Jump to content
  • Similar Content

    • By Gromr123
      Visited here twice over the span of a week, once with the SO, and the second with mookster,Brewtal, Zotez and obscurity.
      It's a big place and I didn't realise how much I'd missed till the second visit!

      History
      Bulstrode house (listed grade II) lies towards the centre of the park. Rebuilt by Benjamin Ferrey 1860-2 for the twelfth Duke of Somerset, probably incorporating elements of the earlier buildings, it is a rambling, red-brick, Tudor-style building with an imposing tower over the main, north entrance and a French Renaissance-style colonnade on the south front giving access to the adjoining south terrace. The enclosed Inner Court, a service courtyard, is attached to the east side of the house, with various C20 buildings close by. Attached to the north-east corner of the house is the Outer Court, entered from the forecourt through a Gothic arch with a ducal crest in the gable, flanked by railings and brick piers with stone caps. The other three sides of this court have a Gothic loggia fronting a single-storey building; access to the Inner Court is through a gateway on the south side.
       
      In 1966, the community moved to Kent, and the property was bought by WEC International, a Christian evangelist missionary organisation who have gradually restored and improved the public parts of the house's interior.
      The house was put up for sale in 2016 and it's now intended to be turned into a luxury hotel. It was also used recently as a film set for the latest Johnny English film.

      The Explore
      A pretty simple one, apart from having to wade through a muddy bog in a field. The house is huge and even after a few hours I felt like I'd need a re-visit the following week to see the rest of it, especially with the snow and ice making parts like the rooftops terrifying slippery. The second visit was a lovely sunny day and much more pleasant.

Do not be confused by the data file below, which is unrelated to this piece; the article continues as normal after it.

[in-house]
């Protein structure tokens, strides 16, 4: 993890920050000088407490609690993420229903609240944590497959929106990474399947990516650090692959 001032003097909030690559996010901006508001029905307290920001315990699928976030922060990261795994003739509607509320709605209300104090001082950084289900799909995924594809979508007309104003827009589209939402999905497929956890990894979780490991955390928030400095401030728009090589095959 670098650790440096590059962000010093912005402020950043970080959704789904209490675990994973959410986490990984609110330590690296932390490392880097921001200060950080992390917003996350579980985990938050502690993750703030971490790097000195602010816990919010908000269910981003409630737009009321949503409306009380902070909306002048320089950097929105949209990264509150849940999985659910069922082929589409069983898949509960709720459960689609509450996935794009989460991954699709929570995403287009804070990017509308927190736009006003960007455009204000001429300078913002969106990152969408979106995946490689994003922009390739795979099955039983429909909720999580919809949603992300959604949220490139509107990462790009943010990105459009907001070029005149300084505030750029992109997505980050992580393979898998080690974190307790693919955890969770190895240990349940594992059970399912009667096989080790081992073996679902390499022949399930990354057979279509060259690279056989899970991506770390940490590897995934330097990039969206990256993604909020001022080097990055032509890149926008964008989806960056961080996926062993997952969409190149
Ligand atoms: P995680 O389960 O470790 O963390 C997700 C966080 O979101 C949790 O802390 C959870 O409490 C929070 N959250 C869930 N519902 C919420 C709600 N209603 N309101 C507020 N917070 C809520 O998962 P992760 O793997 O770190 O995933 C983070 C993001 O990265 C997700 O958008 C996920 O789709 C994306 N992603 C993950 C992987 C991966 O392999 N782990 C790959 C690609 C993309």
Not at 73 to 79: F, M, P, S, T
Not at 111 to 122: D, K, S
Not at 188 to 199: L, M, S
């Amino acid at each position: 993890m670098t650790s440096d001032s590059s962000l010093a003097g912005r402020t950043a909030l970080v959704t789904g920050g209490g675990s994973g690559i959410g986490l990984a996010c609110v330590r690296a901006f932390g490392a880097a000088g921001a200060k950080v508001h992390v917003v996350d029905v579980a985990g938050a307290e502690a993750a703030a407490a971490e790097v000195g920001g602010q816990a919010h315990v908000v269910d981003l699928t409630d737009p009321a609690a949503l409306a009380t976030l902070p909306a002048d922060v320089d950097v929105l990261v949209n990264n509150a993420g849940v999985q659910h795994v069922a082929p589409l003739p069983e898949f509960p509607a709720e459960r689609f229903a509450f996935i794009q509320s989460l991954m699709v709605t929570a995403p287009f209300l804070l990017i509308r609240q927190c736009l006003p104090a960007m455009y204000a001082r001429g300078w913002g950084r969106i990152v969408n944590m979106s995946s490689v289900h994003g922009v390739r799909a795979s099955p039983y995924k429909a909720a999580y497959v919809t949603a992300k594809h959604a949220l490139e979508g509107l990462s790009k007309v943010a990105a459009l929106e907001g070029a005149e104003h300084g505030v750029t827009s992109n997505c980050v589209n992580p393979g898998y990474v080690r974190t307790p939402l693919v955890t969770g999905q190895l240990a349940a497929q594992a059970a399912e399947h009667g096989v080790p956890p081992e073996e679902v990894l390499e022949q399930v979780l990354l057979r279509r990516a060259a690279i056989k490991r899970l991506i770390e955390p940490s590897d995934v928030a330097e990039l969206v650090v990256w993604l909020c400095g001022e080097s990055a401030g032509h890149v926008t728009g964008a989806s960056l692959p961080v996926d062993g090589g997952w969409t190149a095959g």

Unfortunately the local kids have been getting in and really smashing the place up good and proper. A real shame as its got some really nice original features.
       
      The Fire alarms still worked and these were pretty much going off 24/7, which was great to cover up the noise of us moving around inside, but also really really annoying! However Brewtal made it his personal mission to find the fuseboard and turn them off. Took him a little while but he did it! Bliss at last.
      When WEC International left in 2016 they stripped out pretty much everything and so a good chunk of the rooms are empty and not too interesting. However the whole lower floor/Basement level had some really nice interesting bits and the power still worked!
       
      We were doing really well until we set off some PIR alarms in one of the outbuildings while we were leaving. Whoops!
      Turned out to be a great explore!

      The Photos
       
      Externals
       

       

       

       

       

       

       

       

       

       

      Internals
       

       

       

       

       

       

       

       

       
      ]
       

       

       

       

       

       

       

       

       

       

       

       

      The clock tower mechanism which still could be operated.
       

       

       

      The Basement level. Most the lights worked!
       

       

       

       

       

       

       

       

    • By Beneficial-Cucumber
      (Image Heavy)
      Browns Island is located on a river in the Midwest, the island has a long, interesting history. It was noted by George Washington during his travels, and Meriwether Lewis from the Lewis and Clark Expedition camped there in 1803, on the site there's an ancient Native mound, and early petroglyphs existed on the head of the island. For around 100 years the island was privately owned and farmed until 1957, when a steel company bought it to build a coke plant. There was also a mail plane crash on the island in 1933 that killed the pilot and passenger. In Dec of 1972, right before the Coke Ovens started operating, there was a gas explosion which killed 21 construction workers, the oven were operational until 1982, eventually, they were demolished and the island sold slag for commercial use until 2008. Although there were no ovens standing, it was still an interesting explore, my neighbor and grandfather worked here when the Mill used it. I was very fortunate to get permission to go on it